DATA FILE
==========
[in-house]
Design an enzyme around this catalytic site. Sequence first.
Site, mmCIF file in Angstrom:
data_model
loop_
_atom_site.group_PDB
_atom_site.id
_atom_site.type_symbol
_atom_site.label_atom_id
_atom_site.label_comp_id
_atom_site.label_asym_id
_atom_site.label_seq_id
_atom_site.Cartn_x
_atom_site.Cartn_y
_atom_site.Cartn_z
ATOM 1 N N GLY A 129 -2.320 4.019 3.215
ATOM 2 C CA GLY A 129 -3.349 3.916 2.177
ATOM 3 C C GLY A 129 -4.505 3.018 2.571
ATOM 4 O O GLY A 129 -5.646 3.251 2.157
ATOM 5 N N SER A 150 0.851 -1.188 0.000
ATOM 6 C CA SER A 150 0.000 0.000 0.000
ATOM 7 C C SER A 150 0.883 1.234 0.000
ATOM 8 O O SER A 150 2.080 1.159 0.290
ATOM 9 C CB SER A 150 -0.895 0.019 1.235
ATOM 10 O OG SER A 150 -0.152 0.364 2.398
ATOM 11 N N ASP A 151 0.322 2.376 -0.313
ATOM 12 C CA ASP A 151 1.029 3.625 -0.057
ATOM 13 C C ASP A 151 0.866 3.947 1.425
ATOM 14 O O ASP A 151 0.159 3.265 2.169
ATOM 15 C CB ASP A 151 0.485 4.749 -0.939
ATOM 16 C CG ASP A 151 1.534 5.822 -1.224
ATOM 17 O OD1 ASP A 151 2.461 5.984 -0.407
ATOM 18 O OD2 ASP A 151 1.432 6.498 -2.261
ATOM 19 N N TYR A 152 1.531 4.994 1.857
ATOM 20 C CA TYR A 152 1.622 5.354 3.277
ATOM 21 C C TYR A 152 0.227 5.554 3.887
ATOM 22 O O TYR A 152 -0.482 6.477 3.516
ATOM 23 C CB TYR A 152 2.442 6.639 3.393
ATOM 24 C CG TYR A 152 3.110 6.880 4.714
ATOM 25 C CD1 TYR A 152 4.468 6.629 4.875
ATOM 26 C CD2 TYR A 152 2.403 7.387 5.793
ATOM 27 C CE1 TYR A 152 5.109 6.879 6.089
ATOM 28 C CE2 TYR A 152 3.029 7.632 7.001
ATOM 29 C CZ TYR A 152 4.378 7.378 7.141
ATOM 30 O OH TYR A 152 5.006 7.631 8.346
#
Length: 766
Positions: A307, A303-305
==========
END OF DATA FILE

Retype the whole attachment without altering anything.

[in-house]
Design an enzyme around this catalytic site. Sequence first.
Site, mmCIF file in Angstrom:
data_model
loop_
_atom_site.group_PDB
_atom_site.id
_atom_site.type_symbol
_atom_site.label_atom_id
_atom_site.label_comp_id
_atom_site.label_asym_id
_atom_site.label_seq_id
_atom_site.Cartn_x
_atom_site.Cartn_y
_atom_site.Cartn_z
ATOM 1 N N GLY A 129 -2.320 4.019 3.215
ATOM 2 C CA GLY A 129 -3.349 3.916 2.177
ATOM 3 C C GLY A 129 -4.505 3.018 2.571
ATOM 4 O O GLY A 129 -5.646 3.251 2.157
ATOM 5 N N SER A 150 0.851 -1.188 0.000
ATOM 6 C CA SER A 150 0.000 0.000 0.000
ATOM 7 C C SER A 150 0.883 1.234 0.000
ATOM 8 O O SER A 150 2.080 1.159 0.290
ATOM 9 C CB SER A 150 -0.895 0.019 1.235
ATOM 10 O OG SER A 150 -0.152 0.364 2.398
ATOM 11 N N ASP A 151 0.322 2.376 -0.313
ATOM 12 C CA ASP A 151 1.029 3.625 -0.057
ATOM 13 C C ASP A 151 0.866 3.947 1.425
ATOM 14 O O ASP A 151 0.159 3.265 2.169
ATOM 15 C CB ASP A 151 0.485 4.749 -0.939
ATOM 16 C CG ASP A 151 1.534 5.822 -1.224
ATOM 17 O OD1 ASP A 151 2.461 5.984 -0.407
ATOM 18 O OD2 ASP A 151 1.432 6.498 -2.261
ATOM 19 N N TYR A 152 1.531 4.994 1.857
ATOM 20 C CA TYR A 152 1.622 5.354 3.277
ATOM 21 C C TYR A 152 0.227 5.554 3.887
ATOM 22 O O TYR A 152 -0.482 6.477 3.516
ATOM 23 C CB TYR A 152 2.442 6.639 3.393
ATOM 24 C CG TYR A 152 3.110 6.880 4.714
ATOM 25 C CD1 TYR A 152 4.468 6.629 4.875
ATOM 26 C CD2 TYR A 152 2.403 7.387 5.793
ATOM 27 C CE1 TYR A 152 5.109 6.879 6.089
ATOM 28 C CE2 TYR A 152 3.029 7.632 7.001
ATOM 29 C CZ TYR A 152 4.378 7.378 7.141
ATOM 30 O OH TYR A 152 5.006 7.631 8.346
#
Length: 766
Positions: A307, A303-305